Primary care trusts in the NHS Tees cluster are planning to form a commissioning support organisation with others in the North East, which could extend across the whole of the region and even move into Yorkshire.

The PCTs – Hartlepool, Stockton-on-Tees, Middlesbrough, Redcar and Cleveland – must have got early wind of the news, revealed by HSJ last week, that the commissioning support end point expected in Westminster, and in Quarry House, is about 30 organisations.

The expectation means the average provider will work for clinical commissioning groups covering a population of about 1.7 million – but NHS Tees has a collective population of only about 560,000. The whole of the North East’s population is about 2.6 million.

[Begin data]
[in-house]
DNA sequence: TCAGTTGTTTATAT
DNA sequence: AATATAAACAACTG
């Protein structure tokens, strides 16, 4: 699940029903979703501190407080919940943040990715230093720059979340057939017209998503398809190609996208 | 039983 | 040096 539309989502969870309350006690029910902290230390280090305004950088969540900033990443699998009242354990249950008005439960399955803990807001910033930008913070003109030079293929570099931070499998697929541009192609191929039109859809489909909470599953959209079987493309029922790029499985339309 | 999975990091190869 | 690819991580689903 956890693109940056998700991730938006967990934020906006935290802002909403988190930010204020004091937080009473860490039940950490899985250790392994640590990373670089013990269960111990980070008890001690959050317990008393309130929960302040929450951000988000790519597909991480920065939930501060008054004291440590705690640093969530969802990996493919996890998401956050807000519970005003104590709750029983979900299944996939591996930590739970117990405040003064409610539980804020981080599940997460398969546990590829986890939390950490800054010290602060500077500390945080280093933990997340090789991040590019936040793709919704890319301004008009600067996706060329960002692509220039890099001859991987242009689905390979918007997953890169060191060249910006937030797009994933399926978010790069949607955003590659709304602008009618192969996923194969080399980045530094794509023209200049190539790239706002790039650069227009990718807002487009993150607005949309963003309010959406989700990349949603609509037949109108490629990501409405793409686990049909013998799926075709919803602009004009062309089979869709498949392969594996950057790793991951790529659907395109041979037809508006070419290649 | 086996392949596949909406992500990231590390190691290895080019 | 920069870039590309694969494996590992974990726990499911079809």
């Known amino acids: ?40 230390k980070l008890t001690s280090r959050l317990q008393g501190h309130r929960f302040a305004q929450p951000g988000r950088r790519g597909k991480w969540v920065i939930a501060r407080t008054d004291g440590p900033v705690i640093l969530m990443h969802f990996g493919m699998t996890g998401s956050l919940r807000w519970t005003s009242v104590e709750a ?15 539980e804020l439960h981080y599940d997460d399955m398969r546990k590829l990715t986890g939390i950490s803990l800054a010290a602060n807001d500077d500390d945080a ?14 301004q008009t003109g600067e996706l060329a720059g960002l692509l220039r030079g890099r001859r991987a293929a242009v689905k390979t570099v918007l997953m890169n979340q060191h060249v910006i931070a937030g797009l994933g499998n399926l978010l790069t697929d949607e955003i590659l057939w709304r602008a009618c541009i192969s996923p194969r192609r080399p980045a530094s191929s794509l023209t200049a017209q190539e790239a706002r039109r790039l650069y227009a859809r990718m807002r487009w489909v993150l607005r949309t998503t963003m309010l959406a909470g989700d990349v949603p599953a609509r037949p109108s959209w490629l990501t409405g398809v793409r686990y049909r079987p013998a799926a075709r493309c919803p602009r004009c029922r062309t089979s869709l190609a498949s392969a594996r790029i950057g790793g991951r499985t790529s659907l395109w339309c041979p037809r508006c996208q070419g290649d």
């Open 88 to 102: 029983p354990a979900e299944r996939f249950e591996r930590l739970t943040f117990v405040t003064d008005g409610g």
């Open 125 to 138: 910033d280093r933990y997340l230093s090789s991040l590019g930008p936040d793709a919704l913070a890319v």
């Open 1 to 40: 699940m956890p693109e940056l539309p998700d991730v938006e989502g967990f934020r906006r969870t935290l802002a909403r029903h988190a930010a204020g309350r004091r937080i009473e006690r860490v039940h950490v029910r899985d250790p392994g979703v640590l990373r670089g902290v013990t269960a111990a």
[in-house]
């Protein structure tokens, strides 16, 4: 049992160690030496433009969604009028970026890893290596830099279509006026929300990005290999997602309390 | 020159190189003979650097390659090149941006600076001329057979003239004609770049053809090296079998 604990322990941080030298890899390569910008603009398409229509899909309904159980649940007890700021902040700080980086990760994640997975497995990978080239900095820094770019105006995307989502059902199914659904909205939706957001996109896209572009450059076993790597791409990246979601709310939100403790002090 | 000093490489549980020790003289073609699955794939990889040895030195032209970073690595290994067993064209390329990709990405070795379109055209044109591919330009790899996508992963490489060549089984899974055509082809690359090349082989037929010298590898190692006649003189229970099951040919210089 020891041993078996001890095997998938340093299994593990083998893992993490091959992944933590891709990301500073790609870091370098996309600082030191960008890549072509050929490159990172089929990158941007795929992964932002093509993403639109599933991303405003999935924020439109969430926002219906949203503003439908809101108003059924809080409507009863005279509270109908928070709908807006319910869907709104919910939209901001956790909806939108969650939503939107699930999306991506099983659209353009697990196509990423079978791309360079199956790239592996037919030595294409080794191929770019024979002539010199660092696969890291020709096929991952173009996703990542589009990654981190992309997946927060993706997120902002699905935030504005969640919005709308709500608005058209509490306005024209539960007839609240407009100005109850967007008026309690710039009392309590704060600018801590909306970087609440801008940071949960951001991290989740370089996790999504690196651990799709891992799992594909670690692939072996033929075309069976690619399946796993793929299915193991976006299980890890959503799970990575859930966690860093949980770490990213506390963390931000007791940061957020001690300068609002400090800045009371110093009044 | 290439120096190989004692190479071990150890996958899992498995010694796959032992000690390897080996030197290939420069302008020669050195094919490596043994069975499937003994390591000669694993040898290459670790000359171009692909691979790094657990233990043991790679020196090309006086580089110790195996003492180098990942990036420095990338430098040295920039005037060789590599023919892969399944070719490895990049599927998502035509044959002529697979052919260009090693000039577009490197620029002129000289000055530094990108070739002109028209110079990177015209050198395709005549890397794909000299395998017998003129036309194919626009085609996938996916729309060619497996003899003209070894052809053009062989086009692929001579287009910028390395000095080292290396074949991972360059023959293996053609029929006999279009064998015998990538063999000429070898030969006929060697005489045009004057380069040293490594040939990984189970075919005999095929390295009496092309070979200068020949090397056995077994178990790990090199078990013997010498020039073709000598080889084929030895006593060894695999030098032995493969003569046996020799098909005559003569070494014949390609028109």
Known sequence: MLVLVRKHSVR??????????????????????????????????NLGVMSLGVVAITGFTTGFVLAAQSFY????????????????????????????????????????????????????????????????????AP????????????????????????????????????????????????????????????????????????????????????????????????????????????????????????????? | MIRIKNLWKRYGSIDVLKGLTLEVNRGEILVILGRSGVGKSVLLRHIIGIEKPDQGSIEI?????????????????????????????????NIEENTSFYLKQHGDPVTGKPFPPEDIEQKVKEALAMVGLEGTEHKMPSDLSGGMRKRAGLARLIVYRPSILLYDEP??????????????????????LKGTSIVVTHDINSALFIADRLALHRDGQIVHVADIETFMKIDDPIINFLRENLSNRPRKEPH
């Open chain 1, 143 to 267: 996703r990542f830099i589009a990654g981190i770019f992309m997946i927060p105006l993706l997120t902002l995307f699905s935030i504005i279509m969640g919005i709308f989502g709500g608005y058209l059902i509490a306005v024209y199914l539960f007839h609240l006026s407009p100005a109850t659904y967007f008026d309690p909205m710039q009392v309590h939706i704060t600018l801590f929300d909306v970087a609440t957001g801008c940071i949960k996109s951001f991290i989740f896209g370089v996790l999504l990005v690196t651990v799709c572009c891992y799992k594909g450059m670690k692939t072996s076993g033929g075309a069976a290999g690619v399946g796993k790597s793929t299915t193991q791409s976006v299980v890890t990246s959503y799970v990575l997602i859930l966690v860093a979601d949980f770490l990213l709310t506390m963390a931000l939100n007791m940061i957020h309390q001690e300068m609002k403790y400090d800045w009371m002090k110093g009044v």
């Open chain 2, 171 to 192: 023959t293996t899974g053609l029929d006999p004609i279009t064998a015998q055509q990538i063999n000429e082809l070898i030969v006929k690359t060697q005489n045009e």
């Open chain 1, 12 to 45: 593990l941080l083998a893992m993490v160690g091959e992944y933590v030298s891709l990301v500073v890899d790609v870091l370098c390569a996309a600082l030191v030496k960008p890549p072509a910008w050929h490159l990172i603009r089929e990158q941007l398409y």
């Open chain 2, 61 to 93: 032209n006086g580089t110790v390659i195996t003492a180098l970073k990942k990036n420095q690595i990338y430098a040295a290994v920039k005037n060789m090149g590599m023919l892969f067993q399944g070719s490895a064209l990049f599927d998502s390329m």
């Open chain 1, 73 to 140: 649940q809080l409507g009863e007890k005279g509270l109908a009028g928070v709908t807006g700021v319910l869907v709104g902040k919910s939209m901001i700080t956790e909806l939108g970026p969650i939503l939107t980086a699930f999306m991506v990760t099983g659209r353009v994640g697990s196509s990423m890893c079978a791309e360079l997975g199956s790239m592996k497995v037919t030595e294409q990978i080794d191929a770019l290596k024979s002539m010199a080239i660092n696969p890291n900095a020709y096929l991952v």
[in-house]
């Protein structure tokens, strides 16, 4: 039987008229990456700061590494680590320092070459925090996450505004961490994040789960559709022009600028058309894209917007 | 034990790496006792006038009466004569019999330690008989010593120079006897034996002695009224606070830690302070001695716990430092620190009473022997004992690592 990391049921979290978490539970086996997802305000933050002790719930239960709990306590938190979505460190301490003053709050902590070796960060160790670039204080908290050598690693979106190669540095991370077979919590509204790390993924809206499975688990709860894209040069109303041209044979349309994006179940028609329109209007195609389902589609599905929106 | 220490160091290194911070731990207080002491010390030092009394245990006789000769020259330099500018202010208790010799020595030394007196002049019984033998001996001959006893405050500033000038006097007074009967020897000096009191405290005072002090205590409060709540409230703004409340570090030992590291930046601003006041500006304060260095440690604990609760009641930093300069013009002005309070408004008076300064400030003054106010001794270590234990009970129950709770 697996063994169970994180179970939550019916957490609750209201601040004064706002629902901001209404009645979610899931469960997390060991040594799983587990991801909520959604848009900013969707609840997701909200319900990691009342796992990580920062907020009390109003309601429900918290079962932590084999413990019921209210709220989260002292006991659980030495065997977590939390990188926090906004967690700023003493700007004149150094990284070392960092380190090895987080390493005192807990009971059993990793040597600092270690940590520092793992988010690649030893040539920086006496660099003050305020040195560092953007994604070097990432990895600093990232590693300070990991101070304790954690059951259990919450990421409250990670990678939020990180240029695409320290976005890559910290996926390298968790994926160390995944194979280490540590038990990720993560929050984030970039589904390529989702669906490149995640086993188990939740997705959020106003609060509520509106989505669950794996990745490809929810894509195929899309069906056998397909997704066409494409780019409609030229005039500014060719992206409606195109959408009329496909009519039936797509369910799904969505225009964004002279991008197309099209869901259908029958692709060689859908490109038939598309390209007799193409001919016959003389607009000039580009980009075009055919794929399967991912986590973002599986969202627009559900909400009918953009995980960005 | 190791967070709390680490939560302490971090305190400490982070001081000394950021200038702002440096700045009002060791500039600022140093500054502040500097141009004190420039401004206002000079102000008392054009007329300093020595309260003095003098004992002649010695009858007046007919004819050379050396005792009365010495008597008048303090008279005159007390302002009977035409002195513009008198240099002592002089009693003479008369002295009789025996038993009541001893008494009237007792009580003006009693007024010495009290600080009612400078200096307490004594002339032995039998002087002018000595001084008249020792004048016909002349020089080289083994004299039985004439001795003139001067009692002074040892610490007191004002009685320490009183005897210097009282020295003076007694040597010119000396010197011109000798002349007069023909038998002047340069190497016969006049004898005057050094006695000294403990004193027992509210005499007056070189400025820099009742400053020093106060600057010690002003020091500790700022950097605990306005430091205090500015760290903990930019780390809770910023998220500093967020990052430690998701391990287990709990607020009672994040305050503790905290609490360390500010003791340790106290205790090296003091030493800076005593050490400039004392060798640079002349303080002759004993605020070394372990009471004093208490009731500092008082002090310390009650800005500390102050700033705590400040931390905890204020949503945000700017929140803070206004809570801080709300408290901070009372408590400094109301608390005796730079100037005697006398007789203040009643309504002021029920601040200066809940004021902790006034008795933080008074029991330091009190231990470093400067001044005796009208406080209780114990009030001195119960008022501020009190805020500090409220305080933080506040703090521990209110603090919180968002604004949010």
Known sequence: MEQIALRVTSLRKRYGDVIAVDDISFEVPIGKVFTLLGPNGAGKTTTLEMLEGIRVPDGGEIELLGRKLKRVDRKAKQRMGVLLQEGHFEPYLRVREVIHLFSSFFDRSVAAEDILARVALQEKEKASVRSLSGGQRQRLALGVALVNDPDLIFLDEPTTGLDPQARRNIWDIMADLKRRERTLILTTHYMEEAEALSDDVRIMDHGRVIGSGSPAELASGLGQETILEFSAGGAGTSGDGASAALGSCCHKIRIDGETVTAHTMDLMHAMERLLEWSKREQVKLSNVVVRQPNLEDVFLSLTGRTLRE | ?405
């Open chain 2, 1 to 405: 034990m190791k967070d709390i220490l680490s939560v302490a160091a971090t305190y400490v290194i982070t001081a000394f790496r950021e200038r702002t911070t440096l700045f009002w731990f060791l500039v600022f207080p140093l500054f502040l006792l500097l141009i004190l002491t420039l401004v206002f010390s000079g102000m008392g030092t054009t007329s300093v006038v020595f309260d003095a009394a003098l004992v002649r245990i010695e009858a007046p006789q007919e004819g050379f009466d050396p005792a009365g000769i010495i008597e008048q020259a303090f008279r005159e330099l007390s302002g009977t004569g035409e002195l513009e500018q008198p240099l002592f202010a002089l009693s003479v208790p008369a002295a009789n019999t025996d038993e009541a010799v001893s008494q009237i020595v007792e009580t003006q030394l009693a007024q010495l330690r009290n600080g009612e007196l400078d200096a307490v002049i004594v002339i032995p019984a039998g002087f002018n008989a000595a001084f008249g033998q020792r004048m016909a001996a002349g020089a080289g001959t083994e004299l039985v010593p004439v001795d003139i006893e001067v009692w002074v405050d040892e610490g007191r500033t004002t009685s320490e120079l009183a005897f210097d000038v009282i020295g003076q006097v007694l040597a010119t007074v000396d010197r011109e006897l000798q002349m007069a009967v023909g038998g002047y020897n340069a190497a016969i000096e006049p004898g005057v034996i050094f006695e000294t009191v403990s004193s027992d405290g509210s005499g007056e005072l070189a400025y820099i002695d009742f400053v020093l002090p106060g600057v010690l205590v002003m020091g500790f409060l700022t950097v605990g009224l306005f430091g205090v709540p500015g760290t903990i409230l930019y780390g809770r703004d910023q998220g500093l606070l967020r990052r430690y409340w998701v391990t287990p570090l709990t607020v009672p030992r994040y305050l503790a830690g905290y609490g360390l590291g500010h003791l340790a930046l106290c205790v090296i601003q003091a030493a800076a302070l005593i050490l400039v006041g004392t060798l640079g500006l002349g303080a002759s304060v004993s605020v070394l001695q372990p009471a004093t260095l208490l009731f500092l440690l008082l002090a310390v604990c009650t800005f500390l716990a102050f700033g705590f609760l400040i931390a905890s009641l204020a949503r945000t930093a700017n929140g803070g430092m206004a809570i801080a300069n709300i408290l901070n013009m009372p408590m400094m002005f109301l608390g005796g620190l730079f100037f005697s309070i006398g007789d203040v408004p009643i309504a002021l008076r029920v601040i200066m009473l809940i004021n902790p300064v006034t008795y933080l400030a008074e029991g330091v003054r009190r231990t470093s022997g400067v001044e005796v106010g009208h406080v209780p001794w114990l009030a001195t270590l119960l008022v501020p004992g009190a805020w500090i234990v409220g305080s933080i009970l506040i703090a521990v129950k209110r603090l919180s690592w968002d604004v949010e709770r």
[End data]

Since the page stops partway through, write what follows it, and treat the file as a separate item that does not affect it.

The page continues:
PCT joint working in the North East region has been more advanced than in others – trusts began to cluster some years ago and have quickly started sharing more services.

Over in Yorkshire and the Humber, commissioning support discussion is focusing on a three way split: South Yorkshire, North Yorkshire and the Humber and West Yorkshire. That would result in population coverage of around 1.8 million – satisfyingly close to that magic 1.7 million figure.

Commissioning support organisations will be the main recipients of staff from PCTs and will fill in the gaps in planning and contracting in the new NHS as required. If they are allowed to take a lead – and this will depend on the character of the NHS Commissioning Board and clinical commissioning groups – support organisations with a population of 1.8 million (let alone 2.6 million) will be a powerful force.